Mike Havenaar by al-hayat (Flickr)

Mike Havenaar by al-hayat (Flickr)

Japan 8-0 Tajikistan
Osaka, 11/10/11
Scorers: Havenaar (2), Okazaki (2), Kagawa (2), Komano, Nakamura

This eight-goal UFWC title match / WC qualifier saw Unofficial Football World Champions Japan easily retain their title, and their place at the top of their World Cup qualifying group. The game was a complete mis-match, as classy Japan totally dominated against a woeful Tajikistan side that barely managed to get out of their own half. In the end, the scoreline could have been even more emphatic, but for some wayward Japanese finishing.

This was tough introduction to the UFWC for Tajikistan in their first ever title match. The Persian Lions are coached by Alimzhon Rafikov, who is also boss of top Tajikistani league side Esteghlal Dushanbe (or Istiqlol Dushanbe). The club won the Tajikistani treble – the championship, the Super Bowl, and the national cup – in 2010. 11 members of the international squad play for Esteghlal Dushanbe, and the entire squad plays within the Tajikistan domestic league. 22-year-old striker Kamil Saidov and midfielder Ilkhomjon Ortikov play for CSKA Pomir Dushanbe, not to be confused with cross-town rivals CSKA Dushanbe (or Energetik Dushanbe, or Guardia Dushanbe).

Tajikistan had lost all four of their previous World Cup Qualifiers, although losses against Syria in the second round were overturned and awarded to the Tajikistanis after Syria fielded an ineligible player – allowing Tajikistan to reach the third round.

Japan, meanwhile, were unbeaten in World Cup Qualifying, and unbeaten in 2011. In fact, Japan had gone 14 games and 12 months as unbeaten UFWC champions.

Still without Keisuke Honda, coach Alberto Zaccheroni attempted to fill Japan’s creative void by playing 30-year-old Kengo Nakamura and the returning Shinji Okazaki behind main striker Mike Havenaar, the big target man replacing the often-frustrating Tadanari Lee. Eiji Kawashima, Maya Yoshida and Yasuhito Endo all started after being rested against Vietnam last week.

Havenaar’s influence was immediately obvious, with Japan able to get the ball forward much more quickly than in previous matches. In a frantic opening period, Japan piled pressure on the Tajikistan defence. Yoshida went close twice within the first five minutes, and Shinji Kagawa shot narrowly wide.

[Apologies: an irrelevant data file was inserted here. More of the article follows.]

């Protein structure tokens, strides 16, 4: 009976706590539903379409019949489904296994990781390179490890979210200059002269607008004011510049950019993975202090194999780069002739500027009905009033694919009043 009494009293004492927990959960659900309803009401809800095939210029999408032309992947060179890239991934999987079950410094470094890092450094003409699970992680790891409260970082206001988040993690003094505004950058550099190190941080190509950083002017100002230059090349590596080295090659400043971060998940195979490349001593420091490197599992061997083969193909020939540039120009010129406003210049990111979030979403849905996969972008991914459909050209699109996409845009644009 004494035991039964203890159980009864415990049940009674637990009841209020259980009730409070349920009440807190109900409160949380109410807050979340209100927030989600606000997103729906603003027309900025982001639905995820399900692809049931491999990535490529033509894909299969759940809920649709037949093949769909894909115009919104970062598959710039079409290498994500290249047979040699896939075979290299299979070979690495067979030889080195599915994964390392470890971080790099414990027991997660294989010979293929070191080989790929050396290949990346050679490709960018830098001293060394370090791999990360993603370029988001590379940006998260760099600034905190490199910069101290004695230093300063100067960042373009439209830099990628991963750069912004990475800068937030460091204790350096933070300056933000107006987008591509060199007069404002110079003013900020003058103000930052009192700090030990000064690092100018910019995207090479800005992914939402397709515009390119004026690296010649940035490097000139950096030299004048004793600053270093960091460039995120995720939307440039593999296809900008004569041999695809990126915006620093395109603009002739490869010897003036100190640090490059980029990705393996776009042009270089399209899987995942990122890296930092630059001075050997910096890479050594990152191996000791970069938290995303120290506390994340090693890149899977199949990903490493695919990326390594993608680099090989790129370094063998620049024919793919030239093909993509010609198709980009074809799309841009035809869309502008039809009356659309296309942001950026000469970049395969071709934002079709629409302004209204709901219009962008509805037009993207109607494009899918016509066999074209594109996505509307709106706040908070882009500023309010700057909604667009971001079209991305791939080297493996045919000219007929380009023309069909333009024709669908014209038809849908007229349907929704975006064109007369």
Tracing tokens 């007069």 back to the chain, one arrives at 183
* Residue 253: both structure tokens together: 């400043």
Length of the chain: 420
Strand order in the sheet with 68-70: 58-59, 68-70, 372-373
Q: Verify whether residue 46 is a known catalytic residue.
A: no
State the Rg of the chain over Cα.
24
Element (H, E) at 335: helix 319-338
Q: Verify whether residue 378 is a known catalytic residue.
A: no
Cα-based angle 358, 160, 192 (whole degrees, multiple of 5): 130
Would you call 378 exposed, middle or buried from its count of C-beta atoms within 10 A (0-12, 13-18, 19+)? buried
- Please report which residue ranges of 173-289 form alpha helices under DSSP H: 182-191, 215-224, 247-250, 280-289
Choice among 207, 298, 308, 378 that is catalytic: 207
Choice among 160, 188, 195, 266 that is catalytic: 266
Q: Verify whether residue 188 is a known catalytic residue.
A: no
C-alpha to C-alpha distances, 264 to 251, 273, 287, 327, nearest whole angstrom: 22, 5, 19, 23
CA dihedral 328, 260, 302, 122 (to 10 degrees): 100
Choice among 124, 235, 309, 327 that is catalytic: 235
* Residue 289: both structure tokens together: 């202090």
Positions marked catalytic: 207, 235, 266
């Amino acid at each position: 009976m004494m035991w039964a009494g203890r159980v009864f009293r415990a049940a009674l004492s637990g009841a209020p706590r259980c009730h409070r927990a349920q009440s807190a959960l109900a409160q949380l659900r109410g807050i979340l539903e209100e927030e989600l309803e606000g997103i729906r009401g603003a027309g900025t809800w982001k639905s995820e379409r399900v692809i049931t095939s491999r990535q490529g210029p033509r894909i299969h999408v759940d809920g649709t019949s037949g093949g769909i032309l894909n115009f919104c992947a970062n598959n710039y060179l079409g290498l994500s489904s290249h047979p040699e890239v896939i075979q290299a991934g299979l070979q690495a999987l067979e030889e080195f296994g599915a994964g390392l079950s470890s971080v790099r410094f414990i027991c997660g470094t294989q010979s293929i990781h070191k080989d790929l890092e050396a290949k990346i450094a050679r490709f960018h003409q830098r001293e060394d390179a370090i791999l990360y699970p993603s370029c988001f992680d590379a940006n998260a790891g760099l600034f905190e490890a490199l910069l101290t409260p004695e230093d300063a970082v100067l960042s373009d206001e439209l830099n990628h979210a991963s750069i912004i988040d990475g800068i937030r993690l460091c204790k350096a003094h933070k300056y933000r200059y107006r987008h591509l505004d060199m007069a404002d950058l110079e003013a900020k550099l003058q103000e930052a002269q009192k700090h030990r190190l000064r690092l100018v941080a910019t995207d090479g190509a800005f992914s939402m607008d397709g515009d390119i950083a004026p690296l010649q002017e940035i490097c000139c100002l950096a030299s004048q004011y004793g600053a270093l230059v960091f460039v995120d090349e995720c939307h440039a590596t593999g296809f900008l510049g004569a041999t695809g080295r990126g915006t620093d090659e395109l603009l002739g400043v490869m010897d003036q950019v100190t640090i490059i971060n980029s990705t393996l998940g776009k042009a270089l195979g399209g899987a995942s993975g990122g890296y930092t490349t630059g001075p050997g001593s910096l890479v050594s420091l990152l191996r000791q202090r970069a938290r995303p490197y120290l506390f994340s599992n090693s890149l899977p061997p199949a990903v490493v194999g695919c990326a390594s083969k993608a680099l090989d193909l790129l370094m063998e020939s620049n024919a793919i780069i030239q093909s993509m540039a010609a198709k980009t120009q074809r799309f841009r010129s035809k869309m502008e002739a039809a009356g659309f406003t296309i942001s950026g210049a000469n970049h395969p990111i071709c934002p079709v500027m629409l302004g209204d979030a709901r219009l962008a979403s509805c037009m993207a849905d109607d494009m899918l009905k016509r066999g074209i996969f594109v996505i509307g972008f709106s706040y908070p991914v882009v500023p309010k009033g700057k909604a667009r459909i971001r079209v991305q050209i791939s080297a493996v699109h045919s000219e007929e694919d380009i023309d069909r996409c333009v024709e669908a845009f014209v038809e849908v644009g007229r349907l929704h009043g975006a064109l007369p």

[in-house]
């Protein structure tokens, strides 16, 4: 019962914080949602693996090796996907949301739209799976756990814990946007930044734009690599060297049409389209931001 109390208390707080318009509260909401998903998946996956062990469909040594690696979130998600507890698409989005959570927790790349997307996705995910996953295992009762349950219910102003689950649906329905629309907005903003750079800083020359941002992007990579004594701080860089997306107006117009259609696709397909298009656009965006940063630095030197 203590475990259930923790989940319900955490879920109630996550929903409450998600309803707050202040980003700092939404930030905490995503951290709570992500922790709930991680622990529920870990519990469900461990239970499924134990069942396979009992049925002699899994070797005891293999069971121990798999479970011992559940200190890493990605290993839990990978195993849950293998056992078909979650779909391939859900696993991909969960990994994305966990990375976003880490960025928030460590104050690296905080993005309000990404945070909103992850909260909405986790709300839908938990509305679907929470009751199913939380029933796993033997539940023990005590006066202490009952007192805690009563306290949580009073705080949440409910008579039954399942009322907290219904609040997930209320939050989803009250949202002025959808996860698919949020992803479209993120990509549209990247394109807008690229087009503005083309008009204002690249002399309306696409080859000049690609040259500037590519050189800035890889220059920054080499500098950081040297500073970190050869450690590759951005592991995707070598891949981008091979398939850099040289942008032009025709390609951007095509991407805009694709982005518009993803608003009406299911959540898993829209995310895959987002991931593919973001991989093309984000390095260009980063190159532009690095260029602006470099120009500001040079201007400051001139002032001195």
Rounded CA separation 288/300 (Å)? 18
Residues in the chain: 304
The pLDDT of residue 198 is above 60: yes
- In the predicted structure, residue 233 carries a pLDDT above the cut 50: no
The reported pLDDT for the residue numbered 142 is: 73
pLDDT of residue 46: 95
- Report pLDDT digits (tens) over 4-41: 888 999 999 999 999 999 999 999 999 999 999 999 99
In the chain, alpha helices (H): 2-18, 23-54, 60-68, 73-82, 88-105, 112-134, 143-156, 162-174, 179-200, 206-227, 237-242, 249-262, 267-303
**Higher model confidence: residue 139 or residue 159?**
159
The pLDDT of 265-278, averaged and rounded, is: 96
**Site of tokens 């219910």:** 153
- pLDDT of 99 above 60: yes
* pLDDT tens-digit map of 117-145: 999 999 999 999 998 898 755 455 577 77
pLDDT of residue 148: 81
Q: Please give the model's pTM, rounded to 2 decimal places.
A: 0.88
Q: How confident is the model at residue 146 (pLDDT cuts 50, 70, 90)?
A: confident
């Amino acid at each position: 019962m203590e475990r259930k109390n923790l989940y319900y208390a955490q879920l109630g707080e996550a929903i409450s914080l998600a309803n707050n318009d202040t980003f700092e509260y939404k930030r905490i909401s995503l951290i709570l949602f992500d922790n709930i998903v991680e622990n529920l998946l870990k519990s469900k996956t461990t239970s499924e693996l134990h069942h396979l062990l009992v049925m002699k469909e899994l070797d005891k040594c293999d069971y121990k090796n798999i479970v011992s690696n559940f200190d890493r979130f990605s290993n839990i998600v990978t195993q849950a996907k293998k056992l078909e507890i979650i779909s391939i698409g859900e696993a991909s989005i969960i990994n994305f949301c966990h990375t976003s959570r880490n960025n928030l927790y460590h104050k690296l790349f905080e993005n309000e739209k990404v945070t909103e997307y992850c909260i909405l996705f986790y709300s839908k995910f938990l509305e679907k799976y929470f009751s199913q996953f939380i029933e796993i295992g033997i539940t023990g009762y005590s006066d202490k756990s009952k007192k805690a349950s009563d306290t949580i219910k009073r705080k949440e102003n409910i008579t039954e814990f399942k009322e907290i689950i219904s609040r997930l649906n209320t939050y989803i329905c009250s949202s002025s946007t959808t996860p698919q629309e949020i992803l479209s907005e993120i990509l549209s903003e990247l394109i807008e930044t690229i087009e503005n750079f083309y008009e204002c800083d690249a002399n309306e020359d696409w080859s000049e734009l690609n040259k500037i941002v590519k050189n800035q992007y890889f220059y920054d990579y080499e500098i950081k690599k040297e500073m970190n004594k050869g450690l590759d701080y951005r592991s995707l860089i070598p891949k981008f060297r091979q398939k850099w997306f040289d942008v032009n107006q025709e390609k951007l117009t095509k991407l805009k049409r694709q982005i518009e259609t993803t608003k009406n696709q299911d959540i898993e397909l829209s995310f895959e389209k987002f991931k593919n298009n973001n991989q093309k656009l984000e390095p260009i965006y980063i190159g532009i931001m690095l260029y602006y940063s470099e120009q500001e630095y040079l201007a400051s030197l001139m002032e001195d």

High balls to Havenaar were an obvious tactic, and they paid off in the 12th minute, when Komano’s cross from the right found the big striker, who powered a header past Alisher Tuychiev in the Tajikistan goal. 1-0 to Japan, and a first goal on his full debut for Havenaar.

The impressive Nakamura went close twice, before Japan doubled their lead, when Okazaki nipped in to fire home at the near post, shooting past the keeper into the roof of the net. 20 minutes gone, and 2-0 to Japan.

Yoshida and Havenaar both had chances before Komano made it 3-0 with a low drive from outside of the penalty area after Nakamura’s shot had been blocked. Then, five minutes before half-time, Kagawa scored a fourth goal – a fine finish with the outside of his boot after more good work from Nakamura.

Havenaar and Endo both had further chances as Japan continued to completely dominate the game, but the score remained 4-0 at half-time.

Within two minutes of the restart it was 5-0, Havenaar scoring a carbon copy of his previous goal, again heading home a Komano cross. The Japanese striker, of Dutch descent, wouldn’t get the chance to score a hat-trick, however. He was substituted to a standing ovation, replaced by Tadanari Lee.

The goals kept on coming, though. After Yoshima, Nagatomo and Okazaki had all hit the woodwork, the impressive Nakamura scored Japan’s sixth with a left-foot drive after a clever flick from Makoto Hasebe.

Goal number seven was the strangest of the lot, as a 67th-minute Kawaga cross sailed over the Tajikistani keeper’s head and into the net.

At this point, Tajikistan enjoyed their only meaningful piece of possession in the entire match, winning a free kick in Japan’s half, and then winning a corner, which came to nothing. It was only thing of note in a desperate Tajikistani performance, apart from some good saves from Alisher Tuychiev.

Okazaki scored Japan’s eighth goal in the 76th minute, heading home from a Nakamura cross, and beating poor Tuychiev at his near post. By this point, the Japanese players seemed faintly embarrassed to celebrate.

Alimzhon Rafikov took off a striker and brought on a defender, presumably to shore up his defence and protect his side’s goal difference. At 8-0 down. To be fair, the reshuffle worked. Although Japan continued to have all of the possession, and carved out a handful of further chances, there were no more goals.

Japan have now gone 15 games undefeated as UFWC champions, and are now ranked among the top 20 in the UFWC’s all-time ranking table. Today’s 8-0 win was one of the biggest in UFWC history. The last team to score 8 goals in a UFWC title match was Germany in 2000, when they won 8-2 vs Lichtenstein. The last team to win a UFWC title match 8-0 was the Netherlands, vs Malta in 1990.

The bad news for Tajikistan is that they have to do this again next month. The next UFWC title match is the return WC qualifying group fixture between these two sides, on 11 November at the Pamir Stadium in Dushanbe. Japan will be full of confidence, but Tajikistan surely can’t play as badly on home soil as they did in Osaka today.

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